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The Government Isn’t Doing Enough to Solve Big Problems with AI

Leaders in artificial intelligence say the government should be more influential in shaping the technology’s development.
December 9, 2016

The government should play a bigger role in developing new tools based on artificial intelligence, or we could miss out on revolutionary applications because they don’t have obvious commercial upside.

That was the message from prominent AI technologists and researchers at a Senate committee hearing last week. They agreed that AI is in a crucial developmental moment, and that government has a unique opportunity to shape its future. They also said that the government is in a better position than technology companies to invest in AI applications aimed at broad societal problems.

Today just a few companies, led by Google and Facebook, account for the lion’s share of AI R&D in the U.S. But Eric Horvitz, technical fellow and managing director of Microsoft Research, told the committee members that there are important areas that are rich and ripe for AI innovation, such as homelessness and addiction, where the industry isn’t making big investments. The government could help support those pursuits, Horvitz said.

Senator Ted Cruz of Texas convened the hearing on the future of AI.

For a more specific example, take the plight of a veteran seeking information online about medical options, says Andrew Moore, dean of the school of computer science at Carnegie Mellon University. If an application that could respond to freeform questions, search multiple government data sets at once, and provide helpful information about a veteran’s health care options were commercially attractive, it might be available already, he says.

There is a “real hunger for basic research” says Greg Brockman, cofounder and chief technology officer of the nonprofit research company OpenAI, because technologists understand that they haven’t made the most important advances yet. If we continue to leave the bulk of it to industry, not only could we miss out on useful applications, but also on the chance to adequately explore urgent scientific questions about ethics, safety, and security while the technology is still young, says Brockman. Since the field of AI is growing “exponentially,” it’s important to study these things now, he says, and the government could make that a “top line thing that they are trying to get done.”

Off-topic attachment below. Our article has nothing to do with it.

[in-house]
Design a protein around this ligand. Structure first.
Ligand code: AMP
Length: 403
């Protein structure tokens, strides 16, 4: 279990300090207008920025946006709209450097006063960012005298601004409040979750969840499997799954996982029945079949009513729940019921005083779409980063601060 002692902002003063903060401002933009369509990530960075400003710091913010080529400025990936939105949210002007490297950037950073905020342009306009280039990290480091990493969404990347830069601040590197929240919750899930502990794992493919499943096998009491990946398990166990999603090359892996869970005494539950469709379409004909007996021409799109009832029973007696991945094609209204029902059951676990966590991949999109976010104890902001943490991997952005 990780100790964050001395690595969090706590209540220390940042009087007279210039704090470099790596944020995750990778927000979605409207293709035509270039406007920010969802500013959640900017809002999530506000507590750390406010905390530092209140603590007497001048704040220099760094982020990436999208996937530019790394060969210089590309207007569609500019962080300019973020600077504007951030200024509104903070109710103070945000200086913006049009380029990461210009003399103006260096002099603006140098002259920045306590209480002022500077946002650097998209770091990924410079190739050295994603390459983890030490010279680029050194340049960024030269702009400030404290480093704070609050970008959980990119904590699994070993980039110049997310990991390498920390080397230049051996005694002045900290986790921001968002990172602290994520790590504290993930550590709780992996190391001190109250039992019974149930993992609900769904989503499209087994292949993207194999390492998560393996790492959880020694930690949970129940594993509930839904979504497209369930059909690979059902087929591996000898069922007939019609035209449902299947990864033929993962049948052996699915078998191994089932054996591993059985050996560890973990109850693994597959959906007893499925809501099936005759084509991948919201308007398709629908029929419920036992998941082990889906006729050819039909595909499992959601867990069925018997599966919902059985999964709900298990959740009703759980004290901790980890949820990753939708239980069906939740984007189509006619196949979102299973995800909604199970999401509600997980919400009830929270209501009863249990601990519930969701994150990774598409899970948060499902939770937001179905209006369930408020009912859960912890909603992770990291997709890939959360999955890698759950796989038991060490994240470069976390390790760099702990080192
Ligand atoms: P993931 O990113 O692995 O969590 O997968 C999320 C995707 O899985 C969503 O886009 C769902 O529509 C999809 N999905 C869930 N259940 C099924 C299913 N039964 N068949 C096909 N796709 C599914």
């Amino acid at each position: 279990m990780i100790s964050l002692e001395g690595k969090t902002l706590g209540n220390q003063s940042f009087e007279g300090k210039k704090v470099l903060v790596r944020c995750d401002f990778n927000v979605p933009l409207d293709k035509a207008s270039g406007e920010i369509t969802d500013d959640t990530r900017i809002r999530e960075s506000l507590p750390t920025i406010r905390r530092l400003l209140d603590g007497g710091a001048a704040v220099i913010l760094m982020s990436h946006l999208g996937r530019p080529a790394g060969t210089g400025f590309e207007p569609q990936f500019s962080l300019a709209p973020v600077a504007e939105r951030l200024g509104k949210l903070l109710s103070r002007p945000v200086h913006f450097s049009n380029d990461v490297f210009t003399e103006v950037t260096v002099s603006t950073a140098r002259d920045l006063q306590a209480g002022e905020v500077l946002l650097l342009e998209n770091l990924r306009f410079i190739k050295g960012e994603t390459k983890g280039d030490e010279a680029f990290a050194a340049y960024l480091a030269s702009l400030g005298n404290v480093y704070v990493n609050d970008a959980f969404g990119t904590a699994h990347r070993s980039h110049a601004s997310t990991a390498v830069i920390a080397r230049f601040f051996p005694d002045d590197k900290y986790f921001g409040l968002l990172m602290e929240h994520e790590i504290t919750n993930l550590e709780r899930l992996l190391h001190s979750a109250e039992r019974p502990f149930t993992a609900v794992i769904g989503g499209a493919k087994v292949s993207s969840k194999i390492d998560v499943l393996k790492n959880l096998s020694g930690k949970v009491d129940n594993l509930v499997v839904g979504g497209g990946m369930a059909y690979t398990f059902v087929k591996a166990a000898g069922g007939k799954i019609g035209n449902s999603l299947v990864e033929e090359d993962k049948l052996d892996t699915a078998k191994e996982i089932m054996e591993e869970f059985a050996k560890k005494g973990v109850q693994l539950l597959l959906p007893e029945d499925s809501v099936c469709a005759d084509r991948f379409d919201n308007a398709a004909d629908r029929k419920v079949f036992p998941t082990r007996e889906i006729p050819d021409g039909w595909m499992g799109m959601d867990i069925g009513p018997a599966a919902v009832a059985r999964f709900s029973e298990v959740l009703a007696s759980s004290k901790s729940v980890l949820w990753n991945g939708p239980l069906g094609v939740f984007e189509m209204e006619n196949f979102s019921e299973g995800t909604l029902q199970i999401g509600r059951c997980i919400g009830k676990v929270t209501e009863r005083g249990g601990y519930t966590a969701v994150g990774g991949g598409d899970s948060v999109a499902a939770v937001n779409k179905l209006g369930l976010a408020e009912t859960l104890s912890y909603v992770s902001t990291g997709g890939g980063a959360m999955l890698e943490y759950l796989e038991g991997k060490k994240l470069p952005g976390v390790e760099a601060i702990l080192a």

The hearing was more of a pep rally than a debate. Lawmakers probed the panelists not only on the areas where government might help, but also about the effects that AI might have on commerce and on American competitiveness in the world. Senator Ted Cruz of Texas, who convened the hearing, expressed concern that the United States not cede its leadership in developing AI to China or any other foreign government.

In response to concerns from lawmakers about the technology’s safety and its potential to eliminate jobs, Horvitz and Brockman both said that addressing these long-term questions calls for investing more now in research that is focused on them. The White House made a similar argument in a “National Artificial Intelligence Research and Development Strategic Plan,” which it published in October.

Brockman warns that if the government and other nonprofit entities don’t become bigger players in the field of AI, the danger is that the intellectual property, infrastructure, and expertise needed to “build powerful systems” could become sequestered inside just one or a few companies. AI is going to affect the lives of all of us no matter what, he says. “So I think it’s important that the people who have a say in how it affects us are representative of us all.”

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